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No. 6435

First Night's Spin

No.6435  Overview  Starting Line  Arrival  Deconstruction  Beneath Decks  First Night's Spin 

Listening to Plinths  Motor  System: The Tonearm  Tweaks  Articles  Bookshelf  Transit  ***



FIRST NIGHT spinning.

By the time I got thru the woodwork, the lube-factory, the arm-placement and all the rest, I realized I had mounted the arm so that it’s VTA tower conflicted with the counterweight’s travel in the course of tracking a complete record.  Uncharacteristically, but wisely, I decided against going well into the late evening to remount the arm and gave it up for that day.    

SECOND NIGHT,  Really spinning. 

By the next afternoon I was playing records, and I thought I deserved to give it a grueling maiden run.  I attached and aligned an average moving-magnet cartridge, plugged into an average solidstate phono preamp, and that out to a small solidstate powered  monitor speaker…. basic bench-test mono.

For the first run, I chose a record both for it's garden-variety-nothing-special Lp sound, and also for it's less-than-perfect condition. With a little relief I found that there was an undeniable impact thing happening, even with an average-to-noisy copy of the Stones doing “If You Can’t Rock Me” on the live recording 'Love You Live’ from 1977. 

This was not about bass extension or something like that, and I wouldn’t have heard that in this bare-bones monitoring setup anyway.   This was about pace, drive, and punch. Time, in fact-- all about Time.  Which is intrinsically necessary to getting life out of an old live set, something hopefully representative of what about a dollar buys at a used record shop.  I was glad to be going  with this least-common-denominator setup to hear this table on it’s first spin in years, since it pretty well validated itself on the first couple of rotations.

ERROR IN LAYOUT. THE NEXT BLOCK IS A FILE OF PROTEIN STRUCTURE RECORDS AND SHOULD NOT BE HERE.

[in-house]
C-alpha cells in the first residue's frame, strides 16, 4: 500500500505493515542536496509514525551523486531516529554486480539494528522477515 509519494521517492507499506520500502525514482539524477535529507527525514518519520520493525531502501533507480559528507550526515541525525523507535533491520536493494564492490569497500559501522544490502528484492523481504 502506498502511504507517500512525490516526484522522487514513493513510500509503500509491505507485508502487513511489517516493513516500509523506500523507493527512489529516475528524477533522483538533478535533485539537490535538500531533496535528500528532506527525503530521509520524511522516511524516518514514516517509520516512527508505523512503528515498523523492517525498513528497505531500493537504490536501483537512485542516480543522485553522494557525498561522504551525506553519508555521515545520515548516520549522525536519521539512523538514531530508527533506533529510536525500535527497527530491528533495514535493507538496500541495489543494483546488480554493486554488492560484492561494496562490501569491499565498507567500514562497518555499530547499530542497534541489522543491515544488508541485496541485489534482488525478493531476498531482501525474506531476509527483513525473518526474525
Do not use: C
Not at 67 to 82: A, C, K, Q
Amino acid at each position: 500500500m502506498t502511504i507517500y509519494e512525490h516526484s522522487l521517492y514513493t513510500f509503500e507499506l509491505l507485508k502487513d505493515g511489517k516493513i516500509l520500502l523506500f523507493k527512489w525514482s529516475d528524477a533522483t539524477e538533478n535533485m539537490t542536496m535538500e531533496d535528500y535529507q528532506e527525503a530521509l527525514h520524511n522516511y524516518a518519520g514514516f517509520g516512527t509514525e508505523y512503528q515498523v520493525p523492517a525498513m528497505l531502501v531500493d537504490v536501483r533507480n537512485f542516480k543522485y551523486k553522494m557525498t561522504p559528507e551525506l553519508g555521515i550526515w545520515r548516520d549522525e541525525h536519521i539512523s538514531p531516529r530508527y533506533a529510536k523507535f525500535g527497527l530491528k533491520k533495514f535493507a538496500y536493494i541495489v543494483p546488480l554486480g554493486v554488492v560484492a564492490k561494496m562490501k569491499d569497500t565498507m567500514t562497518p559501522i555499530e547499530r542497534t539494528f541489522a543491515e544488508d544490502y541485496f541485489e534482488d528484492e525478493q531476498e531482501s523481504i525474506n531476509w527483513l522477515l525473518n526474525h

By now I was coming to a theory.  My theory is that, in the hype-driven rush to ‘signal-to-noise’ supremacy, belt-drive technology suspended and isolated each element in the transport at such a remove that it may have just pulled the rug out from under itself.  When motors and platters ( read : engine and load ) are separated with indiscriminate respect to speed stability, then the credibility of the transport system is at risk.  Yes, with beltdrive, there is a deathly black silence between consequently monumental and percussive sonic events, but….

If there already exists the least divergence from ironclad speed control, any advance on the signal-to-noise front is a chimera.  Time, and Time above all, is the central and non-negotiable responsibility of the transport.  Failing that, other “hi-fi” considerations are, well, lipstick on a pig.

In the course of the evening I moved from thick seventies rock to ultra-produced eighties & nineties pop and then backwards to late fifties jazz…  I also moved, a step at a time, first to a real  amp and large speakers, and by late at night to the ‘real’ phonostage and all-tube system. 

By this time I gave up on being objective, and having consumed a few buckets of cabernet, I was completely convinced this was a promising project.  Even still, I knew I was light-years away from getting it into the league of more refined program material, say, Scarlatti da camera, or Correlli da chiesa.


Next up :   Benchwork - time to get a little more elaborate with the plinth.


Spindle bearing grease : Ultra Lube Multi Purpose Grease, Plews-Edelman
Sewing Machine Oil : Zoom Spout Sewing Machine Oil
Linkage Grease : White Lithium Grease, Panef Corp.
Motor Bearing Oil : Extendo All Purpose Motor / Bearing Oil, Sid Harvey 
Motor Bearing Oil : 3-In-One SAE-20 Elecric Motor Oil                                                                                

Cleaning Solvent : Zippo Premium Lighter Fluid, Zippo Manufacturing Co.

If by chance the above sounds a little 'authoritative' --- don't believe it for a minute. Although I've read every last thing I can find on this for several years running, I've still got no certain idea of exactly what's to be done from one step to the next. That's encouraging, huh ? I guess no single 301/401 project needs to be definitive as long as several individual approaches make it to the Internet, and anybody who wants to can plan their own from there .....

The groundbreaking article for most of us on the 301 / 401 was Haden Boardman’s original “Turning The Tables” in Sound Practices of Spring 1994, which neatly set the general outlines.  A much later article by Jonathon Noble “Diy-ing A Time Machine” was written in 2004 and gets to the reason why-- very well indeed.  Both available on the internet. 

James Donahue, 2006.

Assembly Line At Garrard In Swindon


Listening to Plinths